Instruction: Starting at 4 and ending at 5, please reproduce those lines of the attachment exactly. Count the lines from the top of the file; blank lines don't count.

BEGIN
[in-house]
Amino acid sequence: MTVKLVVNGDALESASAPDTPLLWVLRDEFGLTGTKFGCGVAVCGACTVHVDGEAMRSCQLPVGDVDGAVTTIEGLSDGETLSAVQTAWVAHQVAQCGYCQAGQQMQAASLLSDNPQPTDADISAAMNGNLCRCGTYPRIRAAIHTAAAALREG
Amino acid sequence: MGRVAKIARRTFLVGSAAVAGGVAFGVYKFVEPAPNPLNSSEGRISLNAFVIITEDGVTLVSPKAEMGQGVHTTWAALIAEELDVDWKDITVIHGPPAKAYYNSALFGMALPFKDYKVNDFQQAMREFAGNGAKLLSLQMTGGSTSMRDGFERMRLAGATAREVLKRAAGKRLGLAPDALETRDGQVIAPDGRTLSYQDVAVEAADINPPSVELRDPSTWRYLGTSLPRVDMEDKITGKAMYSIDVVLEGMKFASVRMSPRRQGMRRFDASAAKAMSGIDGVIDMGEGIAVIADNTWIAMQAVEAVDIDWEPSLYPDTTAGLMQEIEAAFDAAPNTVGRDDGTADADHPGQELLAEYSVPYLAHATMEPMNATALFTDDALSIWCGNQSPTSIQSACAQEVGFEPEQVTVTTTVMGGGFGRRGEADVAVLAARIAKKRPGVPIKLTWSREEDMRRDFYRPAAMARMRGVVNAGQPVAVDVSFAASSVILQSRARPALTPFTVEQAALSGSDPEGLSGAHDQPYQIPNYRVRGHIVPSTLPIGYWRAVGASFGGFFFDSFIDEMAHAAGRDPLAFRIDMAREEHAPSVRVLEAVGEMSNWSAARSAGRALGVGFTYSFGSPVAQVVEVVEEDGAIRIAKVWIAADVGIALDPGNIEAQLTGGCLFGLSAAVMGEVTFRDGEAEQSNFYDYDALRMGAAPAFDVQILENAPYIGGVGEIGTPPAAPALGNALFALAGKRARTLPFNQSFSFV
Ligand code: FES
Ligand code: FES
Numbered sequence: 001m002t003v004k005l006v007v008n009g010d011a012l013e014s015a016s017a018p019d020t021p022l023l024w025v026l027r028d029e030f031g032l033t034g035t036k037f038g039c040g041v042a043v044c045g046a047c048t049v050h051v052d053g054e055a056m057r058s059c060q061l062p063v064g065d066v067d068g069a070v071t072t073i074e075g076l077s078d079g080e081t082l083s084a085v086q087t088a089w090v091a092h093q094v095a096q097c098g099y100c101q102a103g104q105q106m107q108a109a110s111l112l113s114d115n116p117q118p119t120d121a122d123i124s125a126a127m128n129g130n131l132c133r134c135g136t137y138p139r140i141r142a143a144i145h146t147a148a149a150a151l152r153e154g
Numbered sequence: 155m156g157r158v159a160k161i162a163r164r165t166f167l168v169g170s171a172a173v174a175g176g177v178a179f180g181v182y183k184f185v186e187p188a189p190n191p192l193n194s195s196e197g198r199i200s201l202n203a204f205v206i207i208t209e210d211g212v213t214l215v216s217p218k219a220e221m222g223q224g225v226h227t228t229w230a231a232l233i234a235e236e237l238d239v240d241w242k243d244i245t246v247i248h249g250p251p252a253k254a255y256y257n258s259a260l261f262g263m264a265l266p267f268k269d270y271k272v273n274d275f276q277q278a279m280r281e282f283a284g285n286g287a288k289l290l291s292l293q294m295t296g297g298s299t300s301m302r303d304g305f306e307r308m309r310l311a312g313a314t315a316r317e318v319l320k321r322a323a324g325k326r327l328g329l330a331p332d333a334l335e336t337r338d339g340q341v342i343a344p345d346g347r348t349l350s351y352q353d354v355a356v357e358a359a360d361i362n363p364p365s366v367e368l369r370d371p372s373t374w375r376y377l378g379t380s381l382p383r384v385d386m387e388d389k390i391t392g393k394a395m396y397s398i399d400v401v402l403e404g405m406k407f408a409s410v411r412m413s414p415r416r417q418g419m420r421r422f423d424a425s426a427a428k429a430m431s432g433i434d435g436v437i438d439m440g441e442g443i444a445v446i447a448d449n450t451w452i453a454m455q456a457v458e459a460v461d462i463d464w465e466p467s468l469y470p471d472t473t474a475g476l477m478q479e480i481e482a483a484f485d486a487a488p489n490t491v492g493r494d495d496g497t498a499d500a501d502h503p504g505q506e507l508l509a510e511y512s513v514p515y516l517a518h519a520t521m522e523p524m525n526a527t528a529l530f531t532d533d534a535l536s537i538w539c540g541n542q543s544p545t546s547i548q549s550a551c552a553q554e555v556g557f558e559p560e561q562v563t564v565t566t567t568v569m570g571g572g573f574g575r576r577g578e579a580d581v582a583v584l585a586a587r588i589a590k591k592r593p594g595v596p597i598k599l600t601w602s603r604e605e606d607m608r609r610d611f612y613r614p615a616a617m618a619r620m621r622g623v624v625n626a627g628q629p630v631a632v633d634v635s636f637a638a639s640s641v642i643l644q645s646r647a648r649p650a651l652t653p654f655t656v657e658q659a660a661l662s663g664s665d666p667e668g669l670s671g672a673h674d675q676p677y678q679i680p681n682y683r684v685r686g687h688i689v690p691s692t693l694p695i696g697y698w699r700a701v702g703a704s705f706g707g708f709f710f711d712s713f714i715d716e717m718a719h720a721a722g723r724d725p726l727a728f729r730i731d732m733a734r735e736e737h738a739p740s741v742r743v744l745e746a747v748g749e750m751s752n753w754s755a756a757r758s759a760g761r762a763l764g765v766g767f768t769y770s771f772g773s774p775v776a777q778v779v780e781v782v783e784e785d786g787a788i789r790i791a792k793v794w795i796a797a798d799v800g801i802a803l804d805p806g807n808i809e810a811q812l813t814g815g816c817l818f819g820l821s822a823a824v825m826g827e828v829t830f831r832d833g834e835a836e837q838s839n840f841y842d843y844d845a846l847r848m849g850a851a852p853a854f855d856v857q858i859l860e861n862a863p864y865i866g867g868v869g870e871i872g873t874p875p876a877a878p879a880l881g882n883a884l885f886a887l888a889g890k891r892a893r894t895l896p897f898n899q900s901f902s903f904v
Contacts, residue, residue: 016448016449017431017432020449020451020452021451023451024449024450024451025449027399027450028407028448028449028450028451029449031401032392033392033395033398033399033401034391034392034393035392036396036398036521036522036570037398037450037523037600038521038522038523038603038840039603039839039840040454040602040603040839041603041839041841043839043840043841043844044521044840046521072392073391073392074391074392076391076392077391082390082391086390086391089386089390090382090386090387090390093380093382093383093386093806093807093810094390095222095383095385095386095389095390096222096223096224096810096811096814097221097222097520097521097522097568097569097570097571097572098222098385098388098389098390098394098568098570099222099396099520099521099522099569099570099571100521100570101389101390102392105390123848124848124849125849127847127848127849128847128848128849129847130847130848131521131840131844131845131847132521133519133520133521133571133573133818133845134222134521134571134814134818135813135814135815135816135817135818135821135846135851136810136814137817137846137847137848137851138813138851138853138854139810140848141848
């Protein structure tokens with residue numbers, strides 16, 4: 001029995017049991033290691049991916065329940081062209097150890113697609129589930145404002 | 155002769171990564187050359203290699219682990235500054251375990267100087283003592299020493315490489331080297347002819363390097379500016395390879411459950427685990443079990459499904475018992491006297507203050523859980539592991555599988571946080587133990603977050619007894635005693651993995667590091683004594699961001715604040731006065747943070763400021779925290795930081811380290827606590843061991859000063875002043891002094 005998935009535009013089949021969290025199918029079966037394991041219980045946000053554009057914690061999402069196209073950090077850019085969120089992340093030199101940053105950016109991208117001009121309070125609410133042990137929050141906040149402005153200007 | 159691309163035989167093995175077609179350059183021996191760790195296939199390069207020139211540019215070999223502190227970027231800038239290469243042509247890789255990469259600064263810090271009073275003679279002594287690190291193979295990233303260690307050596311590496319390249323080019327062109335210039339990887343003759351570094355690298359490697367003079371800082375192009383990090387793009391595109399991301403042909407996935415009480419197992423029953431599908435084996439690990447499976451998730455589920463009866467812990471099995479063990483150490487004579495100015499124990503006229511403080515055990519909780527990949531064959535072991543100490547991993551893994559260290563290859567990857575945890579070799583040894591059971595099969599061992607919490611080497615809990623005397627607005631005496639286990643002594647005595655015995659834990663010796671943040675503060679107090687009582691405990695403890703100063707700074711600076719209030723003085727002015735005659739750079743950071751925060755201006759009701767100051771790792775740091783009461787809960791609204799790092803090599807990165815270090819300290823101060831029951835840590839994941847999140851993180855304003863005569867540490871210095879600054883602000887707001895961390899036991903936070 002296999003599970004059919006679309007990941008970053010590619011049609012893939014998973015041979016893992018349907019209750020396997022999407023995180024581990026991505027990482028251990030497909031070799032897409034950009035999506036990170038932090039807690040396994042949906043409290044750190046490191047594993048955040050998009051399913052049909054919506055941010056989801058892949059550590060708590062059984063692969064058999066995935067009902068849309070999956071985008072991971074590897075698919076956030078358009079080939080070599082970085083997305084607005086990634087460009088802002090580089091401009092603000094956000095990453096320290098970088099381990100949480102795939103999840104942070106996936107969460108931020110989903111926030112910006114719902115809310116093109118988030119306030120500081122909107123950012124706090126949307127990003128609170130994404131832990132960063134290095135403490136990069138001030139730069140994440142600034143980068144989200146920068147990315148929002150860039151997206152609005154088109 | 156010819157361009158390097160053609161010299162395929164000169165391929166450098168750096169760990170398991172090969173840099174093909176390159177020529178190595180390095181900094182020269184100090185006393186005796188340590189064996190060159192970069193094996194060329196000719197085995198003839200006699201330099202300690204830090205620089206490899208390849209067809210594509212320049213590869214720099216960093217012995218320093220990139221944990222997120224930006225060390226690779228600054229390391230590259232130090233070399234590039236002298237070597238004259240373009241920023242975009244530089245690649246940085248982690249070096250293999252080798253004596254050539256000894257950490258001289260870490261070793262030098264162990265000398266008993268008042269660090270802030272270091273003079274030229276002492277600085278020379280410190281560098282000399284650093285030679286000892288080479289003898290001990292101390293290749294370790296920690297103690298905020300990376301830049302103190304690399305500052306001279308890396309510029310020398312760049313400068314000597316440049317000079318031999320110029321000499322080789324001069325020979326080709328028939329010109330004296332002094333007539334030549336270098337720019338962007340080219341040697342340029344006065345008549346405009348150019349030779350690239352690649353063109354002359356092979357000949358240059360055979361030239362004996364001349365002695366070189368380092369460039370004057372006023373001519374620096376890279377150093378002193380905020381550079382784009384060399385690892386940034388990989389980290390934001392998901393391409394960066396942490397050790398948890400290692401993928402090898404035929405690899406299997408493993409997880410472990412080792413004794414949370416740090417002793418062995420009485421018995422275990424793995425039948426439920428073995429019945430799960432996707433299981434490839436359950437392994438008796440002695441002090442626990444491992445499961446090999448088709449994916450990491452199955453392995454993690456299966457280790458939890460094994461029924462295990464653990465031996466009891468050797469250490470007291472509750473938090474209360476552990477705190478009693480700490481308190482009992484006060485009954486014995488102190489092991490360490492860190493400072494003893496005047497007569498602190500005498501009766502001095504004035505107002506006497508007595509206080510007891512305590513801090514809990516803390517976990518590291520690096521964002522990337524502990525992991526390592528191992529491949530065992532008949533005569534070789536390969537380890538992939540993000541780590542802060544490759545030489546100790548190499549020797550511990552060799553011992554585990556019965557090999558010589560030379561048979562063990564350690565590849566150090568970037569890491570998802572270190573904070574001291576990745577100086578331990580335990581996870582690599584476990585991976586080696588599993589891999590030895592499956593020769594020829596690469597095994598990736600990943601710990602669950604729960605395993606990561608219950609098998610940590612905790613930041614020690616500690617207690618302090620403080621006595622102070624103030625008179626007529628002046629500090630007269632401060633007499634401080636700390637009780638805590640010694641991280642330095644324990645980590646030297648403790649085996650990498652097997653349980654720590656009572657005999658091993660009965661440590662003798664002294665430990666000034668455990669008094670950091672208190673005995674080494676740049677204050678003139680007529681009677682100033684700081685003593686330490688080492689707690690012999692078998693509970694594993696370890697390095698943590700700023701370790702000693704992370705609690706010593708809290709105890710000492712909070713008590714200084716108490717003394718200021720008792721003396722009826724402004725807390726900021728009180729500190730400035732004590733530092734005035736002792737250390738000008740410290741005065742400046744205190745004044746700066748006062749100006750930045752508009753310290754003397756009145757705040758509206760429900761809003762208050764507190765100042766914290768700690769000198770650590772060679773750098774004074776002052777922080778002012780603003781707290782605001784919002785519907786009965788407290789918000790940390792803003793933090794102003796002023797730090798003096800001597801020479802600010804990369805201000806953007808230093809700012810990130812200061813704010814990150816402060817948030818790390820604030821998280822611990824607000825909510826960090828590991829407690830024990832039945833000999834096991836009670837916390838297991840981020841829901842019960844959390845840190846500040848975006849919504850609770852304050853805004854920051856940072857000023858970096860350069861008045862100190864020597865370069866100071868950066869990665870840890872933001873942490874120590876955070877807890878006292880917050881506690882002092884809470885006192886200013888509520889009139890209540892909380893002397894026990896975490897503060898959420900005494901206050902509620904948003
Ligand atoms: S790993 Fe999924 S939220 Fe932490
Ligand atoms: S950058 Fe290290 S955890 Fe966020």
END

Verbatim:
Ligand code: FES
Ligand code: FES